The Irish Renaissance? A terrible blather is born
March 23, 1972
This piece is dedicated to Frank McCourt who, with the wisdom of Solomon, spent the day lying on his bloody Irish arse.
Sweet sufferin’ Jesus, thank be it is over for another year.
I’m no good at these occasions of calendared merriment. I go mad with depression on holidays, and for good reason. At Christmas it is demanded I be gentle beyond my means, on New Year’s I’m called upon to be a lunatic with a monkey’s hat on my head, at Easter there is a suit to be bought I can’t afford, and on St. Patrick’s Day my consumption is expected to equal the reserves of the Grand Coulee Dam. As a man grows older, he longs to pass his life away in a rosary of innocuous Wednesdays.
Now as a race the Irish are no more mediocre than any other group in large numbers, but this year they were enraptured with their own purity. Since Northern Ireland began to dominate the headlines, there has been flap about an Irish Renaissance or what-have-you, and every paddy in sight has bored me wit the beauty of us all.
In point of fact every non-Irishman I met also mumbled leprechaun lyrics in my ear. Greeks quoted Yeats, Jews sang ballads, and Croatians gave me clenched fist salutes. Irishmen who had developed their biceps by throwing bricks at peace and civil rights marchers compared themselves to the Vietnamese and the blacks. A terrible blather is born.
The whole experience kept me in a maudlin drunk for two weeks. The only green I sported was what I was hacking out of my lungs every morning, and by the end of it you could have written “Goodyear” across my liver. My mailbox was stuffed with pleas for every Irish cause from Derry to Harrisburg, and the Irish-American Cultural Society (that must be an elite group) demanded a contribution of $50, $100, or $150 from me, which was an insult beyond repair. I rationalized that if I was a trophy of their culture they should have been sending me checks.
Total strangers elbowed their way to the bar to discuss our “literary tradition.” I said fine, let’s talk about the Daily News and the Brooklyn Tablet and the Baltimore Catechism. But this didn’t seem to satisfy them, so I had to recite how we had starved O’Casey to death and turned Shaw and Wilde into the best bogus limeys since Douglas Fairbanks, Jr., how Joyce, soused in Paris, trembled over nightmares of hell for sins of self-abuse, and how Samuel Beckett has adopted a foreign tongue. But there was no stopping them. They mistook all this bile for vaunted Irish wit and hugged me, pronouncing I was a regular ould sod brother.
Radio and television shows beckoned me to take on the airways to extol my heritage. What in the name of hell did these people want to know? I had cauliflower ears courtesy of the nuns. Every time I get acid indigestion I check into a hospital for a biopsy, fall on my knees, and say an act of contrition, because of my esthetic concern over which band of angels I will end up singing with.
Certainly they didn’t want to know about my early sex life, because if they did, all they would have had to do was air a minute of silence on their networks. I was terrified to leave my home in the morning for fear there would be a group of sociologists on my doorstep waiting to kidnap me off to the Smithsonian: “Authentic Ethnic Found in Wilds of Village.”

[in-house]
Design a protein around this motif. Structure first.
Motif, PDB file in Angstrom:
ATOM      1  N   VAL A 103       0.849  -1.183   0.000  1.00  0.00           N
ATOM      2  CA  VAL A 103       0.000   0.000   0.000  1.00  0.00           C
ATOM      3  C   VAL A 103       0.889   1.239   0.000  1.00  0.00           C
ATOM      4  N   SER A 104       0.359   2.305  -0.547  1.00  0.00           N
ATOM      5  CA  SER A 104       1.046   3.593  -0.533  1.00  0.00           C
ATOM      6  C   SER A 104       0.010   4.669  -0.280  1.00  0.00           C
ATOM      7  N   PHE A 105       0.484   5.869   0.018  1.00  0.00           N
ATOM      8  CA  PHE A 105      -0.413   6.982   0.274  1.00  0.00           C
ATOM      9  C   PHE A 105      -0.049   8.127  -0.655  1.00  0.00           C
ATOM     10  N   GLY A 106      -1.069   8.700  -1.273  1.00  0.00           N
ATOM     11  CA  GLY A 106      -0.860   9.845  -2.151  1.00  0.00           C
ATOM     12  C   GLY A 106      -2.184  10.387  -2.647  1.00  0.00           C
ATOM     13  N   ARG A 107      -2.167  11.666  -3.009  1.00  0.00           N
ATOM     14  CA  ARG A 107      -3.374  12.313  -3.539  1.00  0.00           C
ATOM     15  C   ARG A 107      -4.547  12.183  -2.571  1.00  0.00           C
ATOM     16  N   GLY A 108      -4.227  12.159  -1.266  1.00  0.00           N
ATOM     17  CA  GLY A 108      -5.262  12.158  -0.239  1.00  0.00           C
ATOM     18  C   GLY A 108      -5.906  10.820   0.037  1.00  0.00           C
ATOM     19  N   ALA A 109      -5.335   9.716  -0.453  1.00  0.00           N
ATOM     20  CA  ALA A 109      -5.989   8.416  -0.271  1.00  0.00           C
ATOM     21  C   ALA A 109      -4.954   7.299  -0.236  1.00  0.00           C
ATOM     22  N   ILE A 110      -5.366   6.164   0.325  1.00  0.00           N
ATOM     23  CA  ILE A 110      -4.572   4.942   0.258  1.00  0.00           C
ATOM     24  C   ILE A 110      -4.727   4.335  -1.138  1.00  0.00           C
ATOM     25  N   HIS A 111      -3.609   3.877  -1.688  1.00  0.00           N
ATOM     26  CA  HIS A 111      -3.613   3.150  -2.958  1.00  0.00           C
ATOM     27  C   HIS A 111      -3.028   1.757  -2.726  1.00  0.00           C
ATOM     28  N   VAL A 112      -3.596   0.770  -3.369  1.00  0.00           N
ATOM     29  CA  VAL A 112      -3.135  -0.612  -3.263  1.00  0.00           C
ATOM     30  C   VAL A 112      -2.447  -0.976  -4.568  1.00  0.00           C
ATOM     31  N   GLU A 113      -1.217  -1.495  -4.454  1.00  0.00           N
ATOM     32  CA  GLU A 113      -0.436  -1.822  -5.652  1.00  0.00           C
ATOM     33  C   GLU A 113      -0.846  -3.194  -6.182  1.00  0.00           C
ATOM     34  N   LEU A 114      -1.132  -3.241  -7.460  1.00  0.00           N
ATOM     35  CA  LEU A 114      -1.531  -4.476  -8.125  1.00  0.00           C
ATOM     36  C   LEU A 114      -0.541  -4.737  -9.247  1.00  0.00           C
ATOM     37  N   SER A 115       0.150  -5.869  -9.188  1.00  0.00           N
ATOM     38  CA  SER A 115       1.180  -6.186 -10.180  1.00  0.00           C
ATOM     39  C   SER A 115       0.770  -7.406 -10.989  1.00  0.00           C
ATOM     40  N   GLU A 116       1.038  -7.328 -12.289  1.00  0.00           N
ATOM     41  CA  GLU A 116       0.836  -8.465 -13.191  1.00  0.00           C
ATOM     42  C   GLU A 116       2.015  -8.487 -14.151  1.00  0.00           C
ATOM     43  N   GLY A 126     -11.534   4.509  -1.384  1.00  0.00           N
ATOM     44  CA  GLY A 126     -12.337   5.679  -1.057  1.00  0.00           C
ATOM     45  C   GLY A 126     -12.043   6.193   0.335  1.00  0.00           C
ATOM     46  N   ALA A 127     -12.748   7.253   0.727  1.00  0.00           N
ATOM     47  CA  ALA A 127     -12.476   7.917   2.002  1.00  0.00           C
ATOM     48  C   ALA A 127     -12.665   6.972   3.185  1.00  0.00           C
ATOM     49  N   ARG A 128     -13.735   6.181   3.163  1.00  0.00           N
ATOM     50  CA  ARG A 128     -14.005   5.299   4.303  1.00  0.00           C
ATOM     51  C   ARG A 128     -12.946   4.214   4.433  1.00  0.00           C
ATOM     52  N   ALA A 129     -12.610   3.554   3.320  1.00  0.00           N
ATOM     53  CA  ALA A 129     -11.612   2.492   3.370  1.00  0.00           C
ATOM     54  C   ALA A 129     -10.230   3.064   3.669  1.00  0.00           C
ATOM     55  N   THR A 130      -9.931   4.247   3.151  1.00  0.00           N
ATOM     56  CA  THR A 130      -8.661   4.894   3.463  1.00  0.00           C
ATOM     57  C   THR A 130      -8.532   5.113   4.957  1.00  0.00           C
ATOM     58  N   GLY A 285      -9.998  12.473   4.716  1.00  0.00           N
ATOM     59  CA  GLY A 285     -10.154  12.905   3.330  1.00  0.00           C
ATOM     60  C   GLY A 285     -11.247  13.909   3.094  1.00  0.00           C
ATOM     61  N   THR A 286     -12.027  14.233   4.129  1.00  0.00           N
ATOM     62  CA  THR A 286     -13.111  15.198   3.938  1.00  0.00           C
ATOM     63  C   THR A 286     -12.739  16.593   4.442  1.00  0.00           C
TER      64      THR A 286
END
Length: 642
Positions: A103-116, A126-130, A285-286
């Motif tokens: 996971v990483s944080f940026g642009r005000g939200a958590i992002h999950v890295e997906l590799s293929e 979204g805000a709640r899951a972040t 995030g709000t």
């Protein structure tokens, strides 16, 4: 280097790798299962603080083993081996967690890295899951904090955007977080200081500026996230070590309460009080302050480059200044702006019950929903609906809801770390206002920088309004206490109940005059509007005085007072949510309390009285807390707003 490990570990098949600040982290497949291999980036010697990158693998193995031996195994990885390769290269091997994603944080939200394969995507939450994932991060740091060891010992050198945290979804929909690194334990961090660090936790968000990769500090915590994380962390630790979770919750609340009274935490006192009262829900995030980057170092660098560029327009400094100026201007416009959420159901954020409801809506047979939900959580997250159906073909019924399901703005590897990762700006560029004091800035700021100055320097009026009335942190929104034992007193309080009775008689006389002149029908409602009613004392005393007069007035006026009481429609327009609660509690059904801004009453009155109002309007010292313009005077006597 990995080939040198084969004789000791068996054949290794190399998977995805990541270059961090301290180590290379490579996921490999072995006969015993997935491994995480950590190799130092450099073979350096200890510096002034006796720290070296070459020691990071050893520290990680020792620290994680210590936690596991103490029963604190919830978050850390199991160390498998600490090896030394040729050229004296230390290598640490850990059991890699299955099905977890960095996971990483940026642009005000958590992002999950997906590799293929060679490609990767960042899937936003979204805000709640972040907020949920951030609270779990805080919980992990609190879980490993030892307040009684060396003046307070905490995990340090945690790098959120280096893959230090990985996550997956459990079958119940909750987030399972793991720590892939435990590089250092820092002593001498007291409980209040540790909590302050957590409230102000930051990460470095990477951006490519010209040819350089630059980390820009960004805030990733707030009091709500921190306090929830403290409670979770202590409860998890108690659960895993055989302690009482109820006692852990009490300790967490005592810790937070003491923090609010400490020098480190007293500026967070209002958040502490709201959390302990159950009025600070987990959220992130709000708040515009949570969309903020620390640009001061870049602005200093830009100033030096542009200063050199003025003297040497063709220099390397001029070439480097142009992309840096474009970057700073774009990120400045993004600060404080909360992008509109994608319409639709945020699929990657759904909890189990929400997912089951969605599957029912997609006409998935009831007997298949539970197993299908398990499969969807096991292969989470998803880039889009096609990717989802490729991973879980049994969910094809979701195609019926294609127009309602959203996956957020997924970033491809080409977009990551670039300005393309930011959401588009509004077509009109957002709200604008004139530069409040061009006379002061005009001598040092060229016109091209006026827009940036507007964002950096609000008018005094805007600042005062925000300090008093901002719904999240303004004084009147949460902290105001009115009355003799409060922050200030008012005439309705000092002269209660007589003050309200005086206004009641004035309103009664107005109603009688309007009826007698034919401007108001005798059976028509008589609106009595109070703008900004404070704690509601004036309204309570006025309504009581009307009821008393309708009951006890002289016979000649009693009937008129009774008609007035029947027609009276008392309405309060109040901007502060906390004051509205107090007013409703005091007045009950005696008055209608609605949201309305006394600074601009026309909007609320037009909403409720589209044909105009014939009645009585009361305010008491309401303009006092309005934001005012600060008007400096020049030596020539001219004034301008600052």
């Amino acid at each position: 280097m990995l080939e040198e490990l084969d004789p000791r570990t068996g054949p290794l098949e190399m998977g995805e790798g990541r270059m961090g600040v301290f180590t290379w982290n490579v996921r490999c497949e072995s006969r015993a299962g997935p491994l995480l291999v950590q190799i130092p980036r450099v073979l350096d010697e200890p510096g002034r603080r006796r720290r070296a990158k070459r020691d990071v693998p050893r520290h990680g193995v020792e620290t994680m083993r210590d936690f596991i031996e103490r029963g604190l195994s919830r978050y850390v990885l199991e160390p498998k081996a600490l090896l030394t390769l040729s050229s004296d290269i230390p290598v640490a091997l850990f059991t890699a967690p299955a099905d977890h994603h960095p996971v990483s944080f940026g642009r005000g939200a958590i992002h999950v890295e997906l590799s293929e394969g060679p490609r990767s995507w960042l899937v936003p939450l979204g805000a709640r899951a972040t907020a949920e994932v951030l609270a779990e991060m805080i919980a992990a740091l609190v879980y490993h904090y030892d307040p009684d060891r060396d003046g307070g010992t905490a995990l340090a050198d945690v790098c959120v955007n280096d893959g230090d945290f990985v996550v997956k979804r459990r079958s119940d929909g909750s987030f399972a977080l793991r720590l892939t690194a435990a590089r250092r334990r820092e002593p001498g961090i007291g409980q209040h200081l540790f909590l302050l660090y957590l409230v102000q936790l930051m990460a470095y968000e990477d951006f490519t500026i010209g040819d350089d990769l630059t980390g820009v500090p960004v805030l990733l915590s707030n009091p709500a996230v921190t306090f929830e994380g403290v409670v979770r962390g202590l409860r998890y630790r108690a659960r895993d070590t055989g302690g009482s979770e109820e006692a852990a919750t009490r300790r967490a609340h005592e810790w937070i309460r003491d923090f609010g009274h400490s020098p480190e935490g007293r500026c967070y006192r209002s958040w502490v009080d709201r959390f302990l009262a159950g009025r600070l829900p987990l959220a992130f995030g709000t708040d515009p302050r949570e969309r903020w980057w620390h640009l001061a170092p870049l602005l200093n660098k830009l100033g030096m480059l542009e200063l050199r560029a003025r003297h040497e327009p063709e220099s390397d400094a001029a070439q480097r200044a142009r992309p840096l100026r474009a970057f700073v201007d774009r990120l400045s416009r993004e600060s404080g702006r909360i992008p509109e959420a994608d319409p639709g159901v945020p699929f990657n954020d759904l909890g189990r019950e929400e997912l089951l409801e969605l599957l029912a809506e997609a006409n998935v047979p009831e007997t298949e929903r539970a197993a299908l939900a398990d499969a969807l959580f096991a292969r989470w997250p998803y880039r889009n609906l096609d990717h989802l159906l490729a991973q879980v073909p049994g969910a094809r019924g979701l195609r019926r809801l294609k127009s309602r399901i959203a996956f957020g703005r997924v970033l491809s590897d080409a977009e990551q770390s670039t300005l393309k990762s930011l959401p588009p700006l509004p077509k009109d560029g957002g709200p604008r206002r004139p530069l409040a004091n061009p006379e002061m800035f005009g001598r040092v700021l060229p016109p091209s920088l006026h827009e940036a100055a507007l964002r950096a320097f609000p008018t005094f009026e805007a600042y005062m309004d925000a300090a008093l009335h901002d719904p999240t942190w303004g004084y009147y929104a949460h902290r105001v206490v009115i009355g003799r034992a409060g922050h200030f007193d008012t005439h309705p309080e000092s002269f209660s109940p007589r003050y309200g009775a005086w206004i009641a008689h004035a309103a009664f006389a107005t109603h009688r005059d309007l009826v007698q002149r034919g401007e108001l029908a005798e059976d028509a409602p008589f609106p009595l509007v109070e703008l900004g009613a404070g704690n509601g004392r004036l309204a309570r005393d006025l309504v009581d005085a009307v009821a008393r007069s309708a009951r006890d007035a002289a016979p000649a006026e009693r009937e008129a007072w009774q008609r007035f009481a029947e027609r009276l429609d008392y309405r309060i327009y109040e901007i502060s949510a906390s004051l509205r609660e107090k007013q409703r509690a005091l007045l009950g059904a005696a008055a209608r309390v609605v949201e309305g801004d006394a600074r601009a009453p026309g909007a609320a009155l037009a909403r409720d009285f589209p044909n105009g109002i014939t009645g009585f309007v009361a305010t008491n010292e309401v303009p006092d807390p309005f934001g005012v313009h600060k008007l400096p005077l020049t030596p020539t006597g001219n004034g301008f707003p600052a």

But when the day finally came, sanity returned. There was the parade in all its glory, with Jack McCarthy narrating on tv in a borrowed accent so heavy St. Christopher couldn’t have shouldered it. McCarthy was adorned in a white fireman’s hat, presented to him by one Raymond Gimmler (best remembered for staging the pro-war march of 1965).
As one women’s college group passed, Jack cooed, “Their proudest claim to fame is that they produce Catholic mothers,” a curriculum, one presumed, that started with a drop of holy water and ended with a splash of sperm.
But one has to admit Jack knows the nature of every Irishman’s dreams — to make a fortune in the new country and spend it in the old. He spouted blessings on Irish Airlines and various hotels and resorts in Ireland, and you knew old Jack was in for a grand summer.
They came in legions: the sons of every county, those out-of-step high school bands (we reserve our rhythm for the sheets, not the streets), the good nurses, the good clergy, the good civil servants all paunches and pensions, and the Grand Marshal himself, proudly stating that that very evening 2500 Friendly Sons of St. Patrick would be attending a dinner at which Spiro would be the guest speaker. Agnew was to repeat his triumph on Sunday morning at a breakfast of the Holy Name Society of the Police Department before 3500 wildly cheering guests.
When our Renaissance came marching by, wearing black armbands and chanting at the pols in the grandstand, they were told to keep their arses moving; or else it was time for a commercial interruption. Jack put a final benediction on the whole affair with his patented tagline: “May ye be a half hour dead before the divil knows it.”
As I walked into a saloon that night in my beret and shaggy locks, a fireman with the face of an uncooked roast beef looked up and snarled, “Hello, Pierre.” It was the first honest comment I had heard in weeks, and I was tempted to say it was grand to be back among my own.
I have lived as Irish-American for 35 years. I have endured it, and it is too late in the march for me to believe we are going to become champions of humanity. Which is not an insult, since I don’t believe any other race has a franchise on that claim either.
So I hope that by next year all the blather fades, and the cynical gilders of humanity spend their day in church with the saints and let the people have the street. If not, look for me to be marching in the middle of the parade, carrying a red, white, and blue banner, and loudly proclaiming: “Ireland, Get Out of America.”
This article from the Village Voice Archive was posted on March 15, 2019